When we spend time in the inner space, we start to realize and experience the presence of this oneness in the outer world as well. We feel a connection with other bodies that we did not feel before, and which cannot be seen with our physical eyes. This inner connection is reassuring because it counter balances the experience of the body as separate, isolated and alone in the world.
When we spend time in the inner world, we come to realize that a key aspect of the evolutionary process is learning how to balance and integrate these two realities into a single frame of reference.
The paradox seems to exist as a teaching tool for life. The world of form is a counterpoint to the formlessness of consciousness. Consciousness needs the body to experience life. Consciousness needs the body so that it can experience itself and evolve.
The paradox creates tension. Tension is uncomfortable. How do we resolve this tension at the core?
There are three possible strategies for resolving the tension.
1st Strategy: We can deny the paradox exists by claiming that we are only a body and the physical world alone is real.
This is the scientific and cultural view held here in the western world. This strategy focuses solely on the outer world. In this view, consciousness is created in the brain. Only the physical world is real.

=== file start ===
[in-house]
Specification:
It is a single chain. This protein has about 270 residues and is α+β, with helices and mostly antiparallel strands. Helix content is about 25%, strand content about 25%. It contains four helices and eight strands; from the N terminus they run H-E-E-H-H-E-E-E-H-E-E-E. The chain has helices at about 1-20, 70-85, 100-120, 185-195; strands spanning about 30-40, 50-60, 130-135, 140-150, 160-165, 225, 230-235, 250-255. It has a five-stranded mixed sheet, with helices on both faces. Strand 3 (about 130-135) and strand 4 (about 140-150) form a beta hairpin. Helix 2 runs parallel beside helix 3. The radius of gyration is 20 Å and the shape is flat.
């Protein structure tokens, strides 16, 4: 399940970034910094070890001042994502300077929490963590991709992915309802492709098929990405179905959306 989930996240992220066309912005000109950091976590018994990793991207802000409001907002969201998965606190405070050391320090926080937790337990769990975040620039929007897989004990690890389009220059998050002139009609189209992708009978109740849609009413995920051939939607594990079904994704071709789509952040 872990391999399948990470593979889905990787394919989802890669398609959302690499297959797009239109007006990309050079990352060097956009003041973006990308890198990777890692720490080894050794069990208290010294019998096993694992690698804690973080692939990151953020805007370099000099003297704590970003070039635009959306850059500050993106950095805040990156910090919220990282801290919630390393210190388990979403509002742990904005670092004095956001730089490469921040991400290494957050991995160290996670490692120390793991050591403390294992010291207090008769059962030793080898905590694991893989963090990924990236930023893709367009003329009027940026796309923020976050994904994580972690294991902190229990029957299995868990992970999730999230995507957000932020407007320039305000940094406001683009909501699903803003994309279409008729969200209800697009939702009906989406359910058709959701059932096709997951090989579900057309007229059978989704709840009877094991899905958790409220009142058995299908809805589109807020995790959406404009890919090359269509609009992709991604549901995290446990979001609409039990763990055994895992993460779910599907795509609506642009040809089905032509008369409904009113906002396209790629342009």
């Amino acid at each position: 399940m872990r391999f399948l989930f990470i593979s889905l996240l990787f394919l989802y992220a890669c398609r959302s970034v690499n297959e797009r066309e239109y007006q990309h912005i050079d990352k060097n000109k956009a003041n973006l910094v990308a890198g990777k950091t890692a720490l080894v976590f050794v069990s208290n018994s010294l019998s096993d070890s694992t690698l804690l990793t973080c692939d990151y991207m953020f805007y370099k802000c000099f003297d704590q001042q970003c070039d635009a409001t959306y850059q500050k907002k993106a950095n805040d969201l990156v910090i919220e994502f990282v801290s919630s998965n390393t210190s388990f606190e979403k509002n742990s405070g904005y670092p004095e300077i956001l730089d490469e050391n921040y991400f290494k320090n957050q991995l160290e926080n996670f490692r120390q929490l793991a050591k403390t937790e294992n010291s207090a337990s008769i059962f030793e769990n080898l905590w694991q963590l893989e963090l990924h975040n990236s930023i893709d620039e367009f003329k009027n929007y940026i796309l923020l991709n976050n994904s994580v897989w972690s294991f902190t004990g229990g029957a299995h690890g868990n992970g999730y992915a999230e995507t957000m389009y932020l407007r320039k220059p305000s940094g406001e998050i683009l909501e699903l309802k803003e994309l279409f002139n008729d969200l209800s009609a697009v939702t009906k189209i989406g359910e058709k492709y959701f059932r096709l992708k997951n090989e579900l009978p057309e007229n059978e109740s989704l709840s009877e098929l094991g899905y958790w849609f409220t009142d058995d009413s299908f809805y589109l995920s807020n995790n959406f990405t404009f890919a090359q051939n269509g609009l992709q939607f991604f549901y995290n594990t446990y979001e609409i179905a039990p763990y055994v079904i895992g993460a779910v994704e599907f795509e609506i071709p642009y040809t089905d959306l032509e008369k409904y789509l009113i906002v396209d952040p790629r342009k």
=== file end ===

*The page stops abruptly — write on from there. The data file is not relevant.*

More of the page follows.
This supports our cultural view that only the horizontal journey matters. Only the outer world is real.
2nd Strategy: We can deny the paradox exists by claiming that ultimately consciousness alone is real.
This strategy focuses on the inner world and the experience of pure consciousness. This is the approach taken by monks and hermits in many of the worlds religions. It is also the view of modern day Advaita which is the philosophy of non-duality It claims that before we are born and after we die, we exist as part of universal consciousness. If we are universal consciousness, then the body is not who we really are.
3rd Strategy: We can accept the paradox as who we are and embrace the tension that it creates.
We are both consciousness and the body. We experience oneness and duality as simultaneous realities.